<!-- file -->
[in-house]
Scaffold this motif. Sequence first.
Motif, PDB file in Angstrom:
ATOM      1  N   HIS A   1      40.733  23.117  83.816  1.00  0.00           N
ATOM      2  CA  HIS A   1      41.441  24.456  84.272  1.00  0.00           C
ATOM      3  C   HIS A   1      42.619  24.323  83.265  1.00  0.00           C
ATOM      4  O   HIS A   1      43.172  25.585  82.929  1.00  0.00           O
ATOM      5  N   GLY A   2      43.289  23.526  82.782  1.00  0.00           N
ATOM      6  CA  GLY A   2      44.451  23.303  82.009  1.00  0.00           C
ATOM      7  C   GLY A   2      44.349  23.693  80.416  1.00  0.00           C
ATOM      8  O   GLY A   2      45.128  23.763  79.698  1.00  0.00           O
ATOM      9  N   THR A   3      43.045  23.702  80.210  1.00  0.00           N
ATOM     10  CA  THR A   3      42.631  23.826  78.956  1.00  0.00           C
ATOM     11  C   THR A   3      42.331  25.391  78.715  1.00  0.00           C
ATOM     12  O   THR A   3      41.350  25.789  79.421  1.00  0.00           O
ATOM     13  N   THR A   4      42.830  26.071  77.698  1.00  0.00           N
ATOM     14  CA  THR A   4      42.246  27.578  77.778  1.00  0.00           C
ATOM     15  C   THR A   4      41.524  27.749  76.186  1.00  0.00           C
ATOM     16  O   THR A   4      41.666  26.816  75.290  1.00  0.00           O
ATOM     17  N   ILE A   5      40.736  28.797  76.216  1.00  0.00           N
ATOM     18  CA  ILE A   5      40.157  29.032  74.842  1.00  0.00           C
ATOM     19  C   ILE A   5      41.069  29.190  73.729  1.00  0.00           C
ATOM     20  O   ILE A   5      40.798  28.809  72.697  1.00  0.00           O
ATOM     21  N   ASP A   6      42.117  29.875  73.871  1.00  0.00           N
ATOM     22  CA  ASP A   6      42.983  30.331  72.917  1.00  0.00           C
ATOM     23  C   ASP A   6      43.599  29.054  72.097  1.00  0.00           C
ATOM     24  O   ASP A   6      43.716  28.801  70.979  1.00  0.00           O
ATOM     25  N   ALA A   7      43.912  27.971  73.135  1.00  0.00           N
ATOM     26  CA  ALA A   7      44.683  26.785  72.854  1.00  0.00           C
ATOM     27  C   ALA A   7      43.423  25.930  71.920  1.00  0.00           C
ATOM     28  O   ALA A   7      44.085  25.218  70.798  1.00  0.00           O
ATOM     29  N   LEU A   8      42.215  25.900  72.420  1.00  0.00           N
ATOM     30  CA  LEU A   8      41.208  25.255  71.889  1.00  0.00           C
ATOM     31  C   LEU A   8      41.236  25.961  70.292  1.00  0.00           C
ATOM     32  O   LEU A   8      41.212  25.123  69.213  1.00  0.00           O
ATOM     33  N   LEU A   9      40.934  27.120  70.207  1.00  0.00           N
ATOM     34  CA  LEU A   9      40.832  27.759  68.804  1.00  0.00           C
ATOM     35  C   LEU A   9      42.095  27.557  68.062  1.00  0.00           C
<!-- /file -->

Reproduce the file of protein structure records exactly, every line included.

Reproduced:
[in-house]
Scaffold this motif. Sequence first.
Motif, PDB file in Angstrom:
ATOM      1  N   HIS A   1      40.733  23.117  83.816  1.00  0.00           N
ATOM      2  CA  HIS A   1      41.441  24.456  84.272  1.00  0.00           C
ATOM      3  C   HIS A   1      42.619  24.323  83.265  1.00  0.00           C
ATOM      4  O   HIS A   1      43.172  25.585  82.929  1.00  0.00           O
ATOM      5  N   GLY A   2      43.289  23.526  82.782  1.00  0.00           N
ATOM      6  CA  GLY A   2      44.451  23.303  82.009  1.00  0.00           C
ATOM      7  C   GLY A   2      44.349  23.693  80.416  1.00  0.00           C
ATOM      8  O   GLY A   2      45.128  23.763  79.698  1.00  0.00           O
ATOM      9  N   THR A   3      43.045  23.702  80.210  1.00  0.00           N
ATOM     10  CA  THR A   3      42.631  23.826  78.956  1.00  0.00           C
ATOM     11  C   THR A   3      42.331  25.391  78.715  1.00  0.00           C
ATOM     12  O   THR A   3      41.350  25.789  79.421  1.00  0.00           O
ATOM     13  N   THR A   4      42.830  26.071  77.698  1.00  0.00           N
ATOM     14  CA  THR A   4      42.246  27.578  77.778  1.00  0.00           C
ATOM     15  C   THR A   4      41.524  27.749  76.186  1.00  0.00           C
ATOM     16  O   THR A   4      41.666  26.816  75.290  1.00  0.00           O
ATOM     17  N   ILE A   5      40.736  28.797  76.216  1.00  0.00           N
ATOM     18  CA  ILE A   5      40.157  29.032  74.842  1.00  0.00           C
ATOM     19  C   ILE A   5      41.069  29.190  73.729  1.00  0.00           C
ATOM     20  O   ILE A   5      40.798  28.809  72.697  1.00  0.00           O
ATOM     21  N   ASP A   6      42.117  29.875  73.871  1.00  0.00           N
ATOM     22  CA  ASP A   6      42.983  30.331  72.917  1.00  0.00           C
ATOM     23  C   ASP A   6      43.599  29.054  72.097  1.00  0.00           C
ATOM     24  O   ASP A   6      43.716  28.801  70.979  1.00  0.00           O
ATOM     25  N   ALA A   7      43.912  27.971  73.135  1.00  0.00           N
ATOM     26  CA  ALA A   7      44.683  26.785  72.854  1.00  0.00           C
ATOM     27  C   ALA A   7      43.423  25.930  71.920  1.00  0.00           C
ATOM     28  O   ALA A   7      44.085  25.218  70.798  1.00  0.00           O
ATOM     29  N   LEU A   8      42.215  25.900  72.420  1.00  0.00           N
ATOM     30  CA  LEU A   8      41.208  25.255  71.889  1.00  0.00           C
ATOM     31  C   LEU A   8      41.236  25.961  70.292  1.00  0.00           C
ATOM     32  O   LEU A   8      41.212  25.123  69.213  1.00  0.00           O
ATOM     33  N   LEU A   9      40.934  27.120  70.207  1.00  0.00           N
ATOM     34  CA  LEU A   9      40.832  27.759  68.804  1.00  0.00           C
ATOM     35  C   LEU A   9      42.095  27.557  68.062  1.00  0.00           C